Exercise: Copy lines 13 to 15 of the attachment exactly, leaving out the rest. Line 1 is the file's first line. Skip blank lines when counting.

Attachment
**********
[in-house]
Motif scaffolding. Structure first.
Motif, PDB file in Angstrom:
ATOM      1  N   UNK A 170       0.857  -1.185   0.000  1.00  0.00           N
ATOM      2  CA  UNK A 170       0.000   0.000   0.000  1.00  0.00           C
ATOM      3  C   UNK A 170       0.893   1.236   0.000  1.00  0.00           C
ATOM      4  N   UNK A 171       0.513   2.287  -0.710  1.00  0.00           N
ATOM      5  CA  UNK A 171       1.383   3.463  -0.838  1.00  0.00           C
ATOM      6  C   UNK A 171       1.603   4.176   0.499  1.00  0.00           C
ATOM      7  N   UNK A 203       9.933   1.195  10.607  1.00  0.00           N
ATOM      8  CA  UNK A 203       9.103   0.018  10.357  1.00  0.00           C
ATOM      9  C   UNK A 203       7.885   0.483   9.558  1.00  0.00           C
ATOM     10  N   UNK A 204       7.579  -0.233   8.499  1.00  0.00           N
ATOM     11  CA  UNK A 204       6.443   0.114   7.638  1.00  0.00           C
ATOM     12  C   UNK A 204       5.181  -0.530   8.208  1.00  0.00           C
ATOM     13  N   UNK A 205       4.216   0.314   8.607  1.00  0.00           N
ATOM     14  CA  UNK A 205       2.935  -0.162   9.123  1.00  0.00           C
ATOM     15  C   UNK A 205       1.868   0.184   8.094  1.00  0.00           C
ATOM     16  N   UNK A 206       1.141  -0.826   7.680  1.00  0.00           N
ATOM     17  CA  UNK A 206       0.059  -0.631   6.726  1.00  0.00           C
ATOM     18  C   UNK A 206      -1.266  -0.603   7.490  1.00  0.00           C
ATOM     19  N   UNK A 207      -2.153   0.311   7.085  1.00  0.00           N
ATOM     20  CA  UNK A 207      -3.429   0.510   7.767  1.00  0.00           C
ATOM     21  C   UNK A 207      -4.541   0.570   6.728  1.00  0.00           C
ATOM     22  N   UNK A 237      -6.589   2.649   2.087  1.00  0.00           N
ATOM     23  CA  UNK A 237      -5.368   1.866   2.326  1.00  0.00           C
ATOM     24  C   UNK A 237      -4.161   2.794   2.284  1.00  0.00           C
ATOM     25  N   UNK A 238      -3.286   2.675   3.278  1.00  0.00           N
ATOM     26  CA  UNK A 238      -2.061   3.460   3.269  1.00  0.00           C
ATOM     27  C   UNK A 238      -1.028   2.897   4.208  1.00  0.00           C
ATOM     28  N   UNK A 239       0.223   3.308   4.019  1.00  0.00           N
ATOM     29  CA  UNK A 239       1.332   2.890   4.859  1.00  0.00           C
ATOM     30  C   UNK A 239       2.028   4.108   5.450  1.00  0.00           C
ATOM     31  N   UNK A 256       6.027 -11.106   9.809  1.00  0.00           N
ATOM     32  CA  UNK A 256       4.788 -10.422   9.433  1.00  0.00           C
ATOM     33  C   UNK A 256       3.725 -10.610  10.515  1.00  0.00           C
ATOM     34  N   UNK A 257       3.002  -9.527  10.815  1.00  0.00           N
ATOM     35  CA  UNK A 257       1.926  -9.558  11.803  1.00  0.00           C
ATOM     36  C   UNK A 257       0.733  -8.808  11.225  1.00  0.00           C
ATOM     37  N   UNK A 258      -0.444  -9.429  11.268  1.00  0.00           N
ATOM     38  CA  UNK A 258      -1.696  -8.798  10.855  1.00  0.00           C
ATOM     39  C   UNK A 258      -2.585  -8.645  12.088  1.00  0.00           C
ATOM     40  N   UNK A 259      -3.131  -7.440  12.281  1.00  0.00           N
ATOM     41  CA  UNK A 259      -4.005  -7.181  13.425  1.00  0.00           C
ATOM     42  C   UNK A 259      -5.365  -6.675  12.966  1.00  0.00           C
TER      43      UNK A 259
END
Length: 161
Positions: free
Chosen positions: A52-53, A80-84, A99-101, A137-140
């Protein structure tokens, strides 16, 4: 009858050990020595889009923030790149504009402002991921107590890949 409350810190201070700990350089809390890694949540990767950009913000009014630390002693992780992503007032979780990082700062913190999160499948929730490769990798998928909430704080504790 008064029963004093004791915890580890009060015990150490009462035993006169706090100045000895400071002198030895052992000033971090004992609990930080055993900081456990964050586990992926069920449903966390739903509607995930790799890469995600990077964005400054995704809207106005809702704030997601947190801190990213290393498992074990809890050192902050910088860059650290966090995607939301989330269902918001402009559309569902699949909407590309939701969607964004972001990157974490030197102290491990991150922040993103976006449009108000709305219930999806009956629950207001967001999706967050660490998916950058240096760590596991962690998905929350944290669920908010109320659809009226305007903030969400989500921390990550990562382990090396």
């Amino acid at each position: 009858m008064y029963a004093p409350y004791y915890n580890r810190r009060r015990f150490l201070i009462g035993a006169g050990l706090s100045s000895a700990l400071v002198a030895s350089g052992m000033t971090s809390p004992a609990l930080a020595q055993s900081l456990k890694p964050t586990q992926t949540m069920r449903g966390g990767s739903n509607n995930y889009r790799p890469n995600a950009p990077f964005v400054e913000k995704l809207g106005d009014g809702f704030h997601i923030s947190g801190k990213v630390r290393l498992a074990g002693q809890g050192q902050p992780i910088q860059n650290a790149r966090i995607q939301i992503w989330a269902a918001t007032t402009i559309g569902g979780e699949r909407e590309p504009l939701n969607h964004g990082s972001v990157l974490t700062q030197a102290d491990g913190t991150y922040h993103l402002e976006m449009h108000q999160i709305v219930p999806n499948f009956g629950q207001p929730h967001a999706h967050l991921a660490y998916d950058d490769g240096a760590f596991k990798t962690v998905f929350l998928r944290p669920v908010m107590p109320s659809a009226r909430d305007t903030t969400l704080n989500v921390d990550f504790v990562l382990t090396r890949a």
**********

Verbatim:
ATOM     10  N   UNK A 204       7.579  -0.233   8.499  1.00  0.00           N
ATOM     11  CA  UNK A 204       6.443   0.114   7.638  1.00  0.00           C
ATOM     12  C   UNK A 204       5.181  -0.530   8.208  1.00  0.00           C